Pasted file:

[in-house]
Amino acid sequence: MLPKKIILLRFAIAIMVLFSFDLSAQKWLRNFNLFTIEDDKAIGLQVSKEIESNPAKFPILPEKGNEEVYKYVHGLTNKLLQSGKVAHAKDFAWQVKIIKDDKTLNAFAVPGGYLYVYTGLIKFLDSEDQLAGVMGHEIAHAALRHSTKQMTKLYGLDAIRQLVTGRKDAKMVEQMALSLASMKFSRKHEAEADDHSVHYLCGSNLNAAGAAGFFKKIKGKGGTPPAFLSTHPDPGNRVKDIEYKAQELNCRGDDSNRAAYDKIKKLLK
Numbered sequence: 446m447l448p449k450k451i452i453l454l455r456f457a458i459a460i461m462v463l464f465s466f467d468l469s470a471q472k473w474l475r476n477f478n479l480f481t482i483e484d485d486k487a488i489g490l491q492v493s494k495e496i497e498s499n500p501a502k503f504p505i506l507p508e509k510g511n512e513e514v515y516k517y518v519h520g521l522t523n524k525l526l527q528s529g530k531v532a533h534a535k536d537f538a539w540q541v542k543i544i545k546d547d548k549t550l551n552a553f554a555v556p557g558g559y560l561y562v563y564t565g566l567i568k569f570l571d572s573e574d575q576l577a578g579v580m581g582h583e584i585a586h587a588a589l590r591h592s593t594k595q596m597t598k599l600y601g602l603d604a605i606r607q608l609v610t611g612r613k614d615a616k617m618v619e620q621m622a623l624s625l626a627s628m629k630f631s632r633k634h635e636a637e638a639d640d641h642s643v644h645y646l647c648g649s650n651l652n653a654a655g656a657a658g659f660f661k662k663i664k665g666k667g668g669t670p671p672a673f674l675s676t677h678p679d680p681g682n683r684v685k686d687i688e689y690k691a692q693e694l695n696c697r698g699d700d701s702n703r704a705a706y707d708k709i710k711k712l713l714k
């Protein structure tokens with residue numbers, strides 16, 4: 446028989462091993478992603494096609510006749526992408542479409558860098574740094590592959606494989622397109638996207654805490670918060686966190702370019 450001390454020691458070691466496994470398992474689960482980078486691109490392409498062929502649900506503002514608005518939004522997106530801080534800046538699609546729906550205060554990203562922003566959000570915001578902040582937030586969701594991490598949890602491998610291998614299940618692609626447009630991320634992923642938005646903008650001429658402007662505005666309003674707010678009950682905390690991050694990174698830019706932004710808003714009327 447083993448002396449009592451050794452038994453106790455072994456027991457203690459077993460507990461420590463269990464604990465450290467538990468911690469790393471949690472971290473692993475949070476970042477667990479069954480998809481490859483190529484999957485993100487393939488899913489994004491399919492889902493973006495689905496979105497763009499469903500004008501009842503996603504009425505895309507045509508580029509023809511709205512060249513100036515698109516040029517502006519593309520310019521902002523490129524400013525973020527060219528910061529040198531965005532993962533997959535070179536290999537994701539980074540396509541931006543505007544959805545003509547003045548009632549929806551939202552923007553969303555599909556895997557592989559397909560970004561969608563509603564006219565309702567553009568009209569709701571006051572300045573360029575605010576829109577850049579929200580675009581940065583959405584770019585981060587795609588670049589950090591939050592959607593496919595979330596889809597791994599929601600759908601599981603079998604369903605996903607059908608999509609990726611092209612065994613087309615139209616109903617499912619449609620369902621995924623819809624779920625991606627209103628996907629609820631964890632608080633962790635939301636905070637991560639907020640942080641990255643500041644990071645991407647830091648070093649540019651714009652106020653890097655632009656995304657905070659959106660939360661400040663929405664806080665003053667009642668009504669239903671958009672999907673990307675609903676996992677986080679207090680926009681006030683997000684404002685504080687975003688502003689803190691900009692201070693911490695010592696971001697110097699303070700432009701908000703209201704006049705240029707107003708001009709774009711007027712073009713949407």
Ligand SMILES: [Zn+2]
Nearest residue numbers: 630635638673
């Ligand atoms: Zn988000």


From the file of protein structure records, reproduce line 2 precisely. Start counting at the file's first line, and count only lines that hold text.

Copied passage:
Amino acid sequence: MLPKKIILLRFAIAIMVLFSFDLSAQKWLRNFNLFTIEDDKAIGLQVSKEIESNPAKFPILPEKGNEEVYKYVHGLTNKLLQSGKVAHAKDFAWQVKIIKDDKTLNAFAVPGGYLYVYTGLIKFLDSEDQLAGVMGHEIAHAALRHSTKQMTKLYGLDAIRQLVTGRKDAKMVEQMALSLASMKFSRKHEAEADDHSVHYLCGSNLNAAGAAGFFKKIKGKGGTPPAFLSTHPDPGNRVKDIEYKAQELNCRGDDSNRAAYDKIKKLLK